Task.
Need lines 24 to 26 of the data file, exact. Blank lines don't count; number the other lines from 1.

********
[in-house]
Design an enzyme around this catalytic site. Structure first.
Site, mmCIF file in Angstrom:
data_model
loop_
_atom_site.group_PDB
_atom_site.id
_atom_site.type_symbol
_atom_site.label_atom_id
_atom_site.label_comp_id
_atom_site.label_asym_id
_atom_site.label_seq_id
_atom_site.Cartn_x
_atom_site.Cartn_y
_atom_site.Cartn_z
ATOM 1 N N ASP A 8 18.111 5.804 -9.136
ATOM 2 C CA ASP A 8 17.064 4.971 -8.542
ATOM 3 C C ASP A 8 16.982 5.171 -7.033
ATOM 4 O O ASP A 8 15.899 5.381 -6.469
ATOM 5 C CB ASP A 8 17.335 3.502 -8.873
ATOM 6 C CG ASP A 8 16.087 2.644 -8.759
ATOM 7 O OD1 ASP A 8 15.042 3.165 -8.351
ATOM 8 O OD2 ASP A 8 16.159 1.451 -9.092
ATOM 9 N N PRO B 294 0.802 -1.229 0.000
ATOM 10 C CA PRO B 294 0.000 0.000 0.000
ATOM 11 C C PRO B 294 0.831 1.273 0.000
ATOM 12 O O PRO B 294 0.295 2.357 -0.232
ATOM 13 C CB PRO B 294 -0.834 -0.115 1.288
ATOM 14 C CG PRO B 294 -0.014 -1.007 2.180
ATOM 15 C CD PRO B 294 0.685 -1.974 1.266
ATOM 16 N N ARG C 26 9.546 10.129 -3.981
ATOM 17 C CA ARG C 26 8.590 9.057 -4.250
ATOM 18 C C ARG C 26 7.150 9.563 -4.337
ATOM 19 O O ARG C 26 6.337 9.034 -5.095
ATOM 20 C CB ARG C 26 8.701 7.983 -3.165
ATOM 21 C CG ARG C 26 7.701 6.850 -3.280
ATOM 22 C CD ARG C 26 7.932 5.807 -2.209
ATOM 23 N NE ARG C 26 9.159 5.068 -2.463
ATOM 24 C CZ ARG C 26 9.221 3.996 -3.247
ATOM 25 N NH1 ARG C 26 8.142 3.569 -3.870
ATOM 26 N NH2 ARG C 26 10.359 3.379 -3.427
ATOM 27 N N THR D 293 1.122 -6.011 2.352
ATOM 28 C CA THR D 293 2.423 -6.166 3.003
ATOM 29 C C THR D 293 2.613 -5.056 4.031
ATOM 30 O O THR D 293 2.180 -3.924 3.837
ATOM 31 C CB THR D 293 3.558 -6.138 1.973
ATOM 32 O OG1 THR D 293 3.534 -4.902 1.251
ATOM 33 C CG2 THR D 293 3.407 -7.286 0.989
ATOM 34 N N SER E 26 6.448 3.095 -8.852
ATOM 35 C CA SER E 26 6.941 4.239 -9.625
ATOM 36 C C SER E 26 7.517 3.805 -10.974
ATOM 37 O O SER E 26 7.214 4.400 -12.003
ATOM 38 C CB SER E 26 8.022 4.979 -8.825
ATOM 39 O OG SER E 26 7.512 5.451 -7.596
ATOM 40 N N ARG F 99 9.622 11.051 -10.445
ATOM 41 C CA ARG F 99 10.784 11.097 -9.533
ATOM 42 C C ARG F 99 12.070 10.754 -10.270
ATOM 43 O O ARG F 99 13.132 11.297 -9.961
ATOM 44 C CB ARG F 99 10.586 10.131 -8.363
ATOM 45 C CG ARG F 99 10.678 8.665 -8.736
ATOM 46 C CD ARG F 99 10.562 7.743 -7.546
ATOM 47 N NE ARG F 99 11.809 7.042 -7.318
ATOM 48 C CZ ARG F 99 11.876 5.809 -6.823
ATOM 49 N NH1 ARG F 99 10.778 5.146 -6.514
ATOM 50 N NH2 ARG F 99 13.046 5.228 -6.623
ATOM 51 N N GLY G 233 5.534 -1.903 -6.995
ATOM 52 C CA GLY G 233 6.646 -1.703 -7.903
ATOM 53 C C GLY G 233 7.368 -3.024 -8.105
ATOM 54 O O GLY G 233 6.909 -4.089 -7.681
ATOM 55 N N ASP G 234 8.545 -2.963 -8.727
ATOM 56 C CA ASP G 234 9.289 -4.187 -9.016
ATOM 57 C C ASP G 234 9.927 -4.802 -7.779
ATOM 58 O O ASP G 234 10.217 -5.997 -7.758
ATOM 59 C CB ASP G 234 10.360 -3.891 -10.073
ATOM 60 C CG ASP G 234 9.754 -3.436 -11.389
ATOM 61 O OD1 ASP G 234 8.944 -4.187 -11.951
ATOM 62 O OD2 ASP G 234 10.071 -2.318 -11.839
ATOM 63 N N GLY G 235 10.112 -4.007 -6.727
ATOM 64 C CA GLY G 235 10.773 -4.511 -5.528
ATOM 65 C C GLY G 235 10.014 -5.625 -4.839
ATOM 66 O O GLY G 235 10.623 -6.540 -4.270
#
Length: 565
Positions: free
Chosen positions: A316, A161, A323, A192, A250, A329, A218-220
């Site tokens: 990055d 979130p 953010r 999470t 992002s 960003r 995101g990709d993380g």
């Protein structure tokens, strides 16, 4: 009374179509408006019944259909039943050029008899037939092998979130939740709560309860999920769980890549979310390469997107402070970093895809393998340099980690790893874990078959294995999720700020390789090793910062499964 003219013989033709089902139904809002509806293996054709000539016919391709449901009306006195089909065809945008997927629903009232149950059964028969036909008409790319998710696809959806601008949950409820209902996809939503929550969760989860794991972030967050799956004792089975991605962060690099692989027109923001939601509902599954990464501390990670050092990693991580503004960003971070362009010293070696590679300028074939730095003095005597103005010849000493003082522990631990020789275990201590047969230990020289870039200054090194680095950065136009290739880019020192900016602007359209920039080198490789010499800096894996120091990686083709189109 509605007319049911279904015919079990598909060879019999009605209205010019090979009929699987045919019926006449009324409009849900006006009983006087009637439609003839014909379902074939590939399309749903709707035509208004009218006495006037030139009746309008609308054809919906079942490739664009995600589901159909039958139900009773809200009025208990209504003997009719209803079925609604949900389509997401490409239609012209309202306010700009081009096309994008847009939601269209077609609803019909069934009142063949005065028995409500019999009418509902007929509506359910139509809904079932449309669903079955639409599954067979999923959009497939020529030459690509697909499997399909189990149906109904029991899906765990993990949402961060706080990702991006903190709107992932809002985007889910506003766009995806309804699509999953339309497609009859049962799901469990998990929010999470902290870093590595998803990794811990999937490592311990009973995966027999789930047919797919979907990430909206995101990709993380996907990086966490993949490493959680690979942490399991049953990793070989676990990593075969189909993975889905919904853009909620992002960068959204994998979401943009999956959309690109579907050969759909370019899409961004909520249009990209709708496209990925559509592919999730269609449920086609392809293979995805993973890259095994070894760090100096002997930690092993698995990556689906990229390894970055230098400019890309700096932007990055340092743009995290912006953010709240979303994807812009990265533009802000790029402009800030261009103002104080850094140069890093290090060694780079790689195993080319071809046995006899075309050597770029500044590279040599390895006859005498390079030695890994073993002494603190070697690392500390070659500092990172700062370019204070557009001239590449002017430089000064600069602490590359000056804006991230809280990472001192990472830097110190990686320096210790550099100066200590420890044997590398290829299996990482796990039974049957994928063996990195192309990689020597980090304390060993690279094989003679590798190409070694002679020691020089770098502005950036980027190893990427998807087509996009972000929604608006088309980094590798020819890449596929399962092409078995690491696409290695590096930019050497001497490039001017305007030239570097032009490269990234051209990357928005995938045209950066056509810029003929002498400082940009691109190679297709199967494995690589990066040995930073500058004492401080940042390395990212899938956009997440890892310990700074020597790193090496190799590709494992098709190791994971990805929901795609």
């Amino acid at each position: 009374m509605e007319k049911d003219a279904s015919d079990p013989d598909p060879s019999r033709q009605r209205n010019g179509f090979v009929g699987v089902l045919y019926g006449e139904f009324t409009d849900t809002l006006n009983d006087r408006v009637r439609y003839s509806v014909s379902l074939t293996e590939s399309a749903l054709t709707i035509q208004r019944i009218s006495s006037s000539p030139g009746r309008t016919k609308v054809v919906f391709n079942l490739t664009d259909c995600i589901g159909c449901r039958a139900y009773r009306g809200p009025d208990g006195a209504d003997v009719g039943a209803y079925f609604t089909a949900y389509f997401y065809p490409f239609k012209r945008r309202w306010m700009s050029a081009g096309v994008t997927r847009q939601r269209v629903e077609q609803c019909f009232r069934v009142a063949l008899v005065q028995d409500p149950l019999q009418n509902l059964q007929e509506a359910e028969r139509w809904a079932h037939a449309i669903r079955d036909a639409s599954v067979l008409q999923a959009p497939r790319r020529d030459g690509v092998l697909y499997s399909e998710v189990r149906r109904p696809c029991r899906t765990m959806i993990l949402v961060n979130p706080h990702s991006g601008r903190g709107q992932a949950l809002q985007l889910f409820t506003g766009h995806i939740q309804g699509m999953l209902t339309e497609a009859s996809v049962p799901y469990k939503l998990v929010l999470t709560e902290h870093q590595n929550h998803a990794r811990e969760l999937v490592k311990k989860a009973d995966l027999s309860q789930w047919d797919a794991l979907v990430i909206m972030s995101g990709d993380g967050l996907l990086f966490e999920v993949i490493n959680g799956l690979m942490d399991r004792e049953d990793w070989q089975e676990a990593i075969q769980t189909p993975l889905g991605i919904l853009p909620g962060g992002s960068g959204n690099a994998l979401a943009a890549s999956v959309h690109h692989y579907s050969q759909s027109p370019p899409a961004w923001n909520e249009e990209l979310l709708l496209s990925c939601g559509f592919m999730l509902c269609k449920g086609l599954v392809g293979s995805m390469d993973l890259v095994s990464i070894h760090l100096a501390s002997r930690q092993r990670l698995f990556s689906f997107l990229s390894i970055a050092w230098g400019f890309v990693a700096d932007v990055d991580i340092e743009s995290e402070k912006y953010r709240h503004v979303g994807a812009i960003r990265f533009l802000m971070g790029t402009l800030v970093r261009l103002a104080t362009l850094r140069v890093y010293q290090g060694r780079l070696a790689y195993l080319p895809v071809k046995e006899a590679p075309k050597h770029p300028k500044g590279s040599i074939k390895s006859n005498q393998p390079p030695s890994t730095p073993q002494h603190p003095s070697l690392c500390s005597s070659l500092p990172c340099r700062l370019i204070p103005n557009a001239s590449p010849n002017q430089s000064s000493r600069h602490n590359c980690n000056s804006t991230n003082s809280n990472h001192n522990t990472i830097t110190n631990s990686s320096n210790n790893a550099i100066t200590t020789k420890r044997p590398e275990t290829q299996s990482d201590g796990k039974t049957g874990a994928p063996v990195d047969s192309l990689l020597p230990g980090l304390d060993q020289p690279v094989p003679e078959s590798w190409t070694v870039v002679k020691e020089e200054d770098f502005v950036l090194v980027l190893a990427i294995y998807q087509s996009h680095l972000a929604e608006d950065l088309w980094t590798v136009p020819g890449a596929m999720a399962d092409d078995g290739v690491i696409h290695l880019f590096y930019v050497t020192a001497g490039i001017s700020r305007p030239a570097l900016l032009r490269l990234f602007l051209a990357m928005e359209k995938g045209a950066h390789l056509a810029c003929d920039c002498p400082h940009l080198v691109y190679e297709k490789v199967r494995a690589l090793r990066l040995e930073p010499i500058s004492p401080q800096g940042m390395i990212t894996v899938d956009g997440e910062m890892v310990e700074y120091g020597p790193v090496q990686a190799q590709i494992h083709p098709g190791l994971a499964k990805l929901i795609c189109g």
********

ATOM 9 N N PRO B 294 0.802 -1.229 0.000
ATOM 10 C CA PRO B 294 0.000 0.000 0.000
ATOM 11 C C PRO B 294 0.831 1.273 0.000